Vietnam has concluded a new round of elections with one of the world’s most predictable outcomes — the only party won! — but a few surprises that point to modest changes. Most important: Preoccupation with internal jockeying for position can now be replaced with a more singular focus on the country’s considerable economic challenges.
Although the Communist Party has a virtual monopoly on Vietnam’s legislative body, four self-nominated candidates were elected — the vice chairwoman of Hanoi’s young businesspeoples’ association, a doctor who runs his own hospital, and two of the country’s wealthiest businessmen.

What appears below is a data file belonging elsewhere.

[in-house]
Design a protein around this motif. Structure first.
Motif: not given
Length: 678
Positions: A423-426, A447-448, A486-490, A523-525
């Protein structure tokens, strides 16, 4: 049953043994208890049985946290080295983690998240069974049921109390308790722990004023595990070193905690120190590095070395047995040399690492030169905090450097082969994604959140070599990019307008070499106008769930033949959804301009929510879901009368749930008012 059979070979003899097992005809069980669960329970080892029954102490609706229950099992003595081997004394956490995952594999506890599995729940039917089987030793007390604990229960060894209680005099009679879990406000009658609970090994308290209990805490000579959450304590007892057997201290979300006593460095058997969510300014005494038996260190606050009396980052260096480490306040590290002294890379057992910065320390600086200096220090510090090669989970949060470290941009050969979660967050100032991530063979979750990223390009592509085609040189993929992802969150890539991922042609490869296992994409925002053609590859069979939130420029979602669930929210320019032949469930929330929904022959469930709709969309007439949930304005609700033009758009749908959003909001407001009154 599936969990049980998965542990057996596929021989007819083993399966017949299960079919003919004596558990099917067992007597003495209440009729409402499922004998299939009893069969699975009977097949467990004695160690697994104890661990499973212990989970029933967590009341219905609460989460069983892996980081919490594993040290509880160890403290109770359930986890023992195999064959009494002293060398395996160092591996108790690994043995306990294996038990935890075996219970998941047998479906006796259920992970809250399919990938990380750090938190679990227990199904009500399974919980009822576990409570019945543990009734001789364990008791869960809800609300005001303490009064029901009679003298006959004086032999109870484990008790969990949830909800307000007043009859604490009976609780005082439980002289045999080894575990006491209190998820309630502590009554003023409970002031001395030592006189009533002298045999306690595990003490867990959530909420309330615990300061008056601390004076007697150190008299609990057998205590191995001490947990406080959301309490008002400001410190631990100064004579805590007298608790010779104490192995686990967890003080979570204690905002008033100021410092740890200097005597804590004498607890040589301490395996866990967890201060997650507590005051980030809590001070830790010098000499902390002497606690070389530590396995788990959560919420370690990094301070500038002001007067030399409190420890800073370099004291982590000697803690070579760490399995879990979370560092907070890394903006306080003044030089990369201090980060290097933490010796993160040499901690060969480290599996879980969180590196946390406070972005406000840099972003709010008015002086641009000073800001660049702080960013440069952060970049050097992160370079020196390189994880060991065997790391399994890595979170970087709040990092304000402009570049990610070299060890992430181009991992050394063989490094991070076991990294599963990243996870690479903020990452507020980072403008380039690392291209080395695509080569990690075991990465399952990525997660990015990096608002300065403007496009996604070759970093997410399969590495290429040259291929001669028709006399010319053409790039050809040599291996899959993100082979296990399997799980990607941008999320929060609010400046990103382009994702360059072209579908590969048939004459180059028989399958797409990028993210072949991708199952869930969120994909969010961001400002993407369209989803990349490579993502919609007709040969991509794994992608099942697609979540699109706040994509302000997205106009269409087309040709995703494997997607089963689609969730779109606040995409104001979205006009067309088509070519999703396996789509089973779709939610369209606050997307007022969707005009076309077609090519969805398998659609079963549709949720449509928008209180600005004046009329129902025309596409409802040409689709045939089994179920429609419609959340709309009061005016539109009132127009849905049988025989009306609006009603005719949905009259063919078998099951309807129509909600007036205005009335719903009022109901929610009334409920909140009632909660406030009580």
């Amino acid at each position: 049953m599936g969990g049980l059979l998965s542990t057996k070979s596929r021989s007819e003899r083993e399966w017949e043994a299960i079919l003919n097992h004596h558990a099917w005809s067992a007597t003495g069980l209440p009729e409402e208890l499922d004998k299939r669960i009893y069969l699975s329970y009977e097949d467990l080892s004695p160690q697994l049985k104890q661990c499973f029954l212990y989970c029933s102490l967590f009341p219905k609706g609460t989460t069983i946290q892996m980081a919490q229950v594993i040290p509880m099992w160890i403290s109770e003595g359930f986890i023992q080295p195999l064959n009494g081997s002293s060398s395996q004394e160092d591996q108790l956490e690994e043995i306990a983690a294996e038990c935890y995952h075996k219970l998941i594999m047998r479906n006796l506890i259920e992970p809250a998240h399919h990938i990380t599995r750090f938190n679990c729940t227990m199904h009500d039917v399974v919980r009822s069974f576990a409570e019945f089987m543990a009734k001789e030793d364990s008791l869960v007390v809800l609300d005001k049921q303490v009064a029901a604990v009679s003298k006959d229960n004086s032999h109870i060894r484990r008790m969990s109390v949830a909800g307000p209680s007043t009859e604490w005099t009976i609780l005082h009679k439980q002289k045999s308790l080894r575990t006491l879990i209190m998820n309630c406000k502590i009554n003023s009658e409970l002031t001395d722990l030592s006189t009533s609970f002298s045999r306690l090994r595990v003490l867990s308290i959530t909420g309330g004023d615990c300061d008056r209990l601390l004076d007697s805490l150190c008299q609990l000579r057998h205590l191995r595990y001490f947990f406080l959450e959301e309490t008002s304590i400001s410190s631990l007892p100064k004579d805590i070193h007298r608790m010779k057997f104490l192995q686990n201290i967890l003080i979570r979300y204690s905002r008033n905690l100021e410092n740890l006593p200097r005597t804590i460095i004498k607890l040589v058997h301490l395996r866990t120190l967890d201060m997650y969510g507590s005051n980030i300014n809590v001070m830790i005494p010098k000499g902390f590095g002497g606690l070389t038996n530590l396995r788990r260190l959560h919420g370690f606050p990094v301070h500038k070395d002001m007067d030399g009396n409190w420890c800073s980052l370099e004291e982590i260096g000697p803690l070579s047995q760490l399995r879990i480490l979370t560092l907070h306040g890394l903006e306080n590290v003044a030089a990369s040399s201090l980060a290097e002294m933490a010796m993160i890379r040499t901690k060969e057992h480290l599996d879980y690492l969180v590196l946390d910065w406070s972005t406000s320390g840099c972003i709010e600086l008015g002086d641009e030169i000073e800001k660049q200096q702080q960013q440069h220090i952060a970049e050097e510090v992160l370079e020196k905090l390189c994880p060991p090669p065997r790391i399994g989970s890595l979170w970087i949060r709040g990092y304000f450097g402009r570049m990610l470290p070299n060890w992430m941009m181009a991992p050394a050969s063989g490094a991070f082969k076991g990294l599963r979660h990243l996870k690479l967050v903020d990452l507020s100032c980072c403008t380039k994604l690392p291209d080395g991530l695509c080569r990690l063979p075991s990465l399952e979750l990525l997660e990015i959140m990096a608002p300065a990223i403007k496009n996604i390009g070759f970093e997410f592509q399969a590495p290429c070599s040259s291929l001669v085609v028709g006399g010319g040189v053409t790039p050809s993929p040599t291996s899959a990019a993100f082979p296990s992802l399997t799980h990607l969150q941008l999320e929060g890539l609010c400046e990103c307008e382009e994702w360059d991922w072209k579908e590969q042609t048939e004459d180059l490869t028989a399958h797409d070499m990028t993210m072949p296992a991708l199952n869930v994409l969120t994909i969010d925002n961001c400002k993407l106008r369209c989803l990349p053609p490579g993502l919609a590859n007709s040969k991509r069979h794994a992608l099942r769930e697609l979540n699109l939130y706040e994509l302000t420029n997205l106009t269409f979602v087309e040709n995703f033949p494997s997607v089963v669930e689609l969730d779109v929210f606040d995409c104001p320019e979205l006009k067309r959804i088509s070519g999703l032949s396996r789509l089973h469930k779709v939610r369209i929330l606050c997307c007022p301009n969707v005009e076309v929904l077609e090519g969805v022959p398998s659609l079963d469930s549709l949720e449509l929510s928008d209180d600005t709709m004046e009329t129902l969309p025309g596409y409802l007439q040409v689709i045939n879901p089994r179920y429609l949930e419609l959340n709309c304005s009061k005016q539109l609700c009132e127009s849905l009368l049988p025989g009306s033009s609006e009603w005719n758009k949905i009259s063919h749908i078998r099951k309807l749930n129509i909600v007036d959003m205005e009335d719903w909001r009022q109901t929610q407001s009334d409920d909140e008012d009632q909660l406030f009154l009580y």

Capitalist entrepreneurs in Vietnam’s National Assembly creates some anxiety about potential conflicts of interest, but practical experience in free enterprise is needed for the country to achieve its ambitions.
The peoples’ new National Assemply also includes 78 ethic minorities, 122 women, 62 people younger than 40, and 42 who are not members of the Communist Party. Significantly, it does not include several Communist Party members who had been nominated, suggesting Vietnamese voters are now exercising an element of choice.
More on the 2011 election outcome in Vietnam